Remembering Ken Flower

By Mary Minor Davis

‘A Legacy of Giving and Laughter’

There are few people in life that have the ability to touch every single person with whom they come in to contact, whether it be for one day or for a lifetime. Ken Flower was such a person and his impact on our community will resonate for generations to come.

Flower, 61, died of a heart attack in early August while vacationing with friends in Lake Tahoe, leaving behind his bride of just eight months, Jeanne Flower; children Billy Flower, 27, and Lauren Flower, 24, and stepchildren Andrew Johns, 23, and Janae Windle, 20.

“Kenny was one of those guys whose every expression or gesture was one of love,” Jeanne said. “The affection that couples casually experience every day meant so much to us – taking a walk, holding hands. He was my everything.”

Jeanne met Ken after he joined the Commerce Bank of Arizona board of directors a little over four years ago as both the corporate secretary and chairman of the loan committee. She worked in the Business Development department. After a three-year friendship, the couple married on December 26, 2018. “It was a perfect day,” Jeanne recalled.

Following a successful career in marketing and broadcasting with the NFL and teams including the San Francisco 49ers and the Los Angeles Rams, Flower founded Arizona Party Rental, growing the business into one of the most successful event-planning companies in the region. 

John Lewis, president and CEO of Commerce Bank of Arizona, volunteered with Ken in The Centurions, a nonprofit organization that raises money for charities throughout the community. After Flower joined the board, Lewis said he was most impressed with Ken’s business acumen. “Most people don’t realize this but our board serves in an advisory role, setting policy and corporate oversight. Ken took his roles very seriously.”

Lewis said Ken “knew everybody – his brand was all over town. He knew who to refer to the bank and how to help us grow. He was just a very special person.”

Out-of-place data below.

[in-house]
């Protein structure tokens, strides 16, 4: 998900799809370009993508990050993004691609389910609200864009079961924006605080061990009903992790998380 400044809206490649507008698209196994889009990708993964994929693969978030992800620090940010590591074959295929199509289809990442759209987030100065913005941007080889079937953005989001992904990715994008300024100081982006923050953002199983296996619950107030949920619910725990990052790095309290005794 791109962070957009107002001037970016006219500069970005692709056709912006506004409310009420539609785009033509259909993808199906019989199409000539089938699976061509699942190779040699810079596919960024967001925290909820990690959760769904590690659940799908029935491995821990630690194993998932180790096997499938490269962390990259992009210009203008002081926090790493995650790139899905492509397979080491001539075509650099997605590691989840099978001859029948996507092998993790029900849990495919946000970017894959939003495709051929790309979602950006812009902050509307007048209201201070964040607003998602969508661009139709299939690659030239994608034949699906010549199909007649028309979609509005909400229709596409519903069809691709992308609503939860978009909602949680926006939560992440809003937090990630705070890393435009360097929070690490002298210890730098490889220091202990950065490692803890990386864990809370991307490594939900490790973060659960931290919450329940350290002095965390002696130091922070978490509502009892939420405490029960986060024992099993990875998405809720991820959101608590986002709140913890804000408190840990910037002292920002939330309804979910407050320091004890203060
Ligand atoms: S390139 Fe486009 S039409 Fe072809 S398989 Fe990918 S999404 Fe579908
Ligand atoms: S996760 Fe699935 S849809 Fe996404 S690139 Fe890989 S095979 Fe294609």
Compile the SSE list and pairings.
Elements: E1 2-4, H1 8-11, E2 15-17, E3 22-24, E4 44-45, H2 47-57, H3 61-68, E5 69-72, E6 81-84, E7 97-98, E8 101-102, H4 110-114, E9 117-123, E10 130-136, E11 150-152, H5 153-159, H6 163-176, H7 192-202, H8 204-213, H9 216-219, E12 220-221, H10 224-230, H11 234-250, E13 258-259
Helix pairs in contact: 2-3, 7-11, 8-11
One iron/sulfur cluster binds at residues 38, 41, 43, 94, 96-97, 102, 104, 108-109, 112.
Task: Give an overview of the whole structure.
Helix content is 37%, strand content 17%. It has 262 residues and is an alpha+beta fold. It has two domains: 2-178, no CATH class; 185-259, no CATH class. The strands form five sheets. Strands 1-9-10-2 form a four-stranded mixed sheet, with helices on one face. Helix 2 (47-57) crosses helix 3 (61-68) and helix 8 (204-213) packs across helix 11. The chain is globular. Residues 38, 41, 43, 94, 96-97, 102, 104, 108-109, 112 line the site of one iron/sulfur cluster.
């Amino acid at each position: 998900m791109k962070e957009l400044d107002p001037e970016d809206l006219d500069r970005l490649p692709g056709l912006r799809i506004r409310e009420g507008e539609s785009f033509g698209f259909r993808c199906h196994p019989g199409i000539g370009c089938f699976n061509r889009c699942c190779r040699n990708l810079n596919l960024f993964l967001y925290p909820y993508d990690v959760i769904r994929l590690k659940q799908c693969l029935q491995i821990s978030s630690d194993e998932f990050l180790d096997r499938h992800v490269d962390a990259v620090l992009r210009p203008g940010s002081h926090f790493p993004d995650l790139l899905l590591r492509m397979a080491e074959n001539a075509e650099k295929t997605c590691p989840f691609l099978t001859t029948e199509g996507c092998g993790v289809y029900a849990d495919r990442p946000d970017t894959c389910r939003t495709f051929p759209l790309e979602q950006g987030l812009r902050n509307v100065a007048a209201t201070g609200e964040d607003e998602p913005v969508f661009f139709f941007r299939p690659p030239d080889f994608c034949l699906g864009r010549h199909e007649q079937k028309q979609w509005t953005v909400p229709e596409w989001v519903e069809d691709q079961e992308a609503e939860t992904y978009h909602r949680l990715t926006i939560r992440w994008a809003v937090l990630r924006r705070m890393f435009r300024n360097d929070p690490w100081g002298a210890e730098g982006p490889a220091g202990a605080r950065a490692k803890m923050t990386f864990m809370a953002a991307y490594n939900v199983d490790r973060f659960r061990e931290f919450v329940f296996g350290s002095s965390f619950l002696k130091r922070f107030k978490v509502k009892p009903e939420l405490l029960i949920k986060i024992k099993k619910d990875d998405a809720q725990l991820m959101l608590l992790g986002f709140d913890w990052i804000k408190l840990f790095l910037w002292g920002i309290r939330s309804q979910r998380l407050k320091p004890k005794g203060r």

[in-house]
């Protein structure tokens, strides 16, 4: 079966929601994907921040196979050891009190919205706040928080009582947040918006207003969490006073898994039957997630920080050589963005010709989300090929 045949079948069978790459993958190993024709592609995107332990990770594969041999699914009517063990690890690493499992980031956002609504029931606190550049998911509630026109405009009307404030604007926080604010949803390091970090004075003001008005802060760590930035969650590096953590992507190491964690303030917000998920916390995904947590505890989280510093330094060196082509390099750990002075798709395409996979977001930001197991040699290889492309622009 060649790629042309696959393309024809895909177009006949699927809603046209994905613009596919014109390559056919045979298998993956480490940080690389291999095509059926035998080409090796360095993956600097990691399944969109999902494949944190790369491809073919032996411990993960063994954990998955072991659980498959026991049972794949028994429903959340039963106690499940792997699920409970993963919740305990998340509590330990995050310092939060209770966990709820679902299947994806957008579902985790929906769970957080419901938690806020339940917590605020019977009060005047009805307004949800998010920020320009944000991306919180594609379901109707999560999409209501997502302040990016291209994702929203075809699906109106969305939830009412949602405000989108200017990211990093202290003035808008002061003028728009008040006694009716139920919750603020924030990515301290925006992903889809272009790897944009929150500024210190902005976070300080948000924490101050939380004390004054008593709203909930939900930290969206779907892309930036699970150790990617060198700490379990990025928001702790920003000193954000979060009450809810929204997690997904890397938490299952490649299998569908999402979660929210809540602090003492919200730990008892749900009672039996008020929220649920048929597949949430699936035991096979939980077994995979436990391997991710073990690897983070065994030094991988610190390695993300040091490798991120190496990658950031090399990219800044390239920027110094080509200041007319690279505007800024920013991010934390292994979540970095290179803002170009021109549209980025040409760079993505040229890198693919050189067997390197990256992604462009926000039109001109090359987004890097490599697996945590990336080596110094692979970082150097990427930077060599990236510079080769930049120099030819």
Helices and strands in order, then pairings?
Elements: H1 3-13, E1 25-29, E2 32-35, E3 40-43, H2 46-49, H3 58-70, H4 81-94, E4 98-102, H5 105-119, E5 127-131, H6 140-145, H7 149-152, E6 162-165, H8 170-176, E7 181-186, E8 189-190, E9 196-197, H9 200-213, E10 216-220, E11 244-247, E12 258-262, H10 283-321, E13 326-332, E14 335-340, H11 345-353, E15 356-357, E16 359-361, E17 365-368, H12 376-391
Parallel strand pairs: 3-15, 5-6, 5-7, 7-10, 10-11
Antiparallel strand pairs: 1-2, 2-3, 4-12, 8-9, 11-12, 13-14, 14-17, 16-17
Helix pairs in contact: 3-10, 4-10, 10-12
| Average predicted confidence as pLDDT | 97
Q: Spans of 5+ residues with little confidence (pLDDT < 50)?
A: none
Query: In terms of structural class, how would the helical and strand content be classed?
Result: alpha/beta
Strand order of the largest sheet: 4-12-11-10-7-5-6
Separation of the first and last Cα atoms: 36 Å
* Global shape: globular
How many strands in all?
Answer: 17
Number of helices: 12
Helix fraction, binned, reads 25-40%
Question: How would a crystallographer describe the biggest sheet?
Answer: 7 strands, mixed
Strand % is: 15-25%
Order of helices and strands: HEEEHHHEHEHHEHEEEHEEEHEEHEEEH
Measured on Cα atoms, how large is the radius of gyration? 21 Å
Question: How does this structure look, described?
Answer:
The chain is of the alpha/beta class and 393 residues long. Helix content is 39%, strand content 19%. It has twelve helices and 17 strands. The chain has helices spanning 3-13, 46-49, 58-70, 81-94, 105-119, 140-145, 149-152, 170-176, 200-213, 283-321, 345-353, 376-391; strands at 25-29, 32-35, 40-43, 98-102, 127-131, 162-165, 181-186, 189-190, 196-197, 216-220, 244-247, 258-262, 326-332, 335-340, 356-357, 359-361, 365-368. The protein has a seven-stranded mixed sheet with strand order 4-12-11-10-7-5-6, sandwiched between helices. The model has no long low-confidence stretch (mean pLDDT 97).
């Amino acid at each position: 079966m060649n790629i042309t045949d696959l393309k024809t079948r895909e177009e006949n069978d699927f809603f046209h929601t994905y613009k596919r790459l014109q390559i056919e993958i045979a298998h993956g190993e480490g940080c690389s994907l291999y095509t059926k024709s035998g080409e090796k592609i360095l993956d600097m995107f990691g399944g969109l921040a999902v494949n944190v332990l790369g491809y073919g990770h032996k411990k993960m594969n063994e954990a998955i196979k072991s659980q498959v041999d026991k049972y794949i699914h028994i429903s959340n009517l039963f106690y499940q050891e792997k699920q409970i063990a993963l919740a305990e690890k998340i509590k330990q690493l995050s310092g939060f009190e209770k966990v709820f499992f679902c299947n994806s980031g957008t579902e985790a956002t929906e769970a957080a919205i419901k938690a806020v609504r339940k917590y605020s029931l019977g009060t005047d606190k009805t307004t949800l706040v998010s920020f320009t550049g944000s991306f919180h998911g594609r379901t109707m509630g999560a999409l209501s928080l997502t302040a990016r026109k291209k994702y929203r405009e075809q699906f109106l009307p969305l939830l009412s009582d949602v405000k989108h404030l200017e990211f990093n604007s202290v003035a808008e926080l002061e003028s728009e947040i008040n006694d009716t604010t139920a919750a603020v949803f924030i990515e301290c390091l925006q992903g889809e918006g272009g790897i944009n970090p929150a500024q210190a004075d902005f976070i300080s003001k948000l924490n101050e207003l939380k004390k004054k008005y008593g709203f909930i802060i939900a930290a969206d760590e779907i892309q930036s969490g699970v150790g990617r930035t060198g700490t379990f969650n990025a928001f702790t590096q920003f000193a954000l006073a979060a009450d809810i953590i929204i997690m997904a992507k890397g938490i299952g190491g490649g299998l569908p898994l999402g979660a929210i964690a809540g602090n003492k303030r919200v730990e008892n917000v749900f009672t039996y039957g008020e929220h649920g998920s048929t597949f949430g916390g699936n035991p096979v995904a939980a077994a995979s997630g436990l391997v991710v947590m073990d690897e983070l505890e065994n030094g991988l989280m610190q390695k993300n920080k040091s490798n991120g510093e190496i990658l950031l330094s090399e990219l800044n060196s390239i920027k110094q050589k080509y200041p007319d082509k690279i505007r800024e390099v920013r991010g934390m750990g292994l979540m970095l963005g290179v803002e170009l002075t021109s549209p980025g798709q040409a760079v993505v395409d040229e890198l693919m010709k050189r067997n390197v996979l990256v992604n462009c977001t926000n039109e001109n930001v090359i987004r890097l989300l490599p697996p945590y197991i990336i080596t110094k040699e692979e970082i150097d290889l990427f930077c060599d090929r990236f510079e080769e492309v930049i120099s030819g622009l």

Ken gave generously of his time and resources. He supported numerous health-related nonprofits – ranging from the American Heart Association, American Red Cross, El Rio Vecinos, Muscular Dystrophy Association, National Brain Tumor Foundation and Southern Arizona AIDS Foundation to the Carondelet Foundation and Tucson Medical Center. 

Literacy was also a focus of his philanthropy including the Tucson Festival of Books, Reading Seed, Literacy Connects and Make Way for Books. Children benefited through his support for Ronald McDonald House Charities and Tu Nidito. He also was involved with The Centurions and the Rotary Club of Tucson. 

One organization that has seen tremendous growth and is putting Tucson on the collegiate bowl map is the NOVA Home Loans Arizona Bowl. Flower was a key supporter of the event from its inception.

“I am deeply saddened by Ken’s death,” said Kym Adair, executive director of the organization. “He has been a true friend and supporter of the NOVA Home Loans Arizona Bowl from the earliest days and became like family to the staff and volunteers that worked closely with him. His generous spirit, smile and humor attracted so many friends to his side and will be dearly missed. There are many people in this world who say they want to make a positive impact in their community. Ken was someone who actually managed to do it. His legacy of giving and laughter will live on through his family, his friends and through the wonderful community he loved so much.”

“Everything Ken touched was a success,” said Bob Logan, president of the Tucson Rotary. “So many things in our community exist because of his involvement.”

Lewis said he and others are overseeing the planning of Flower’s memorial service, tentatively scheduled for October 6 at the DoubleTree Hotel. 

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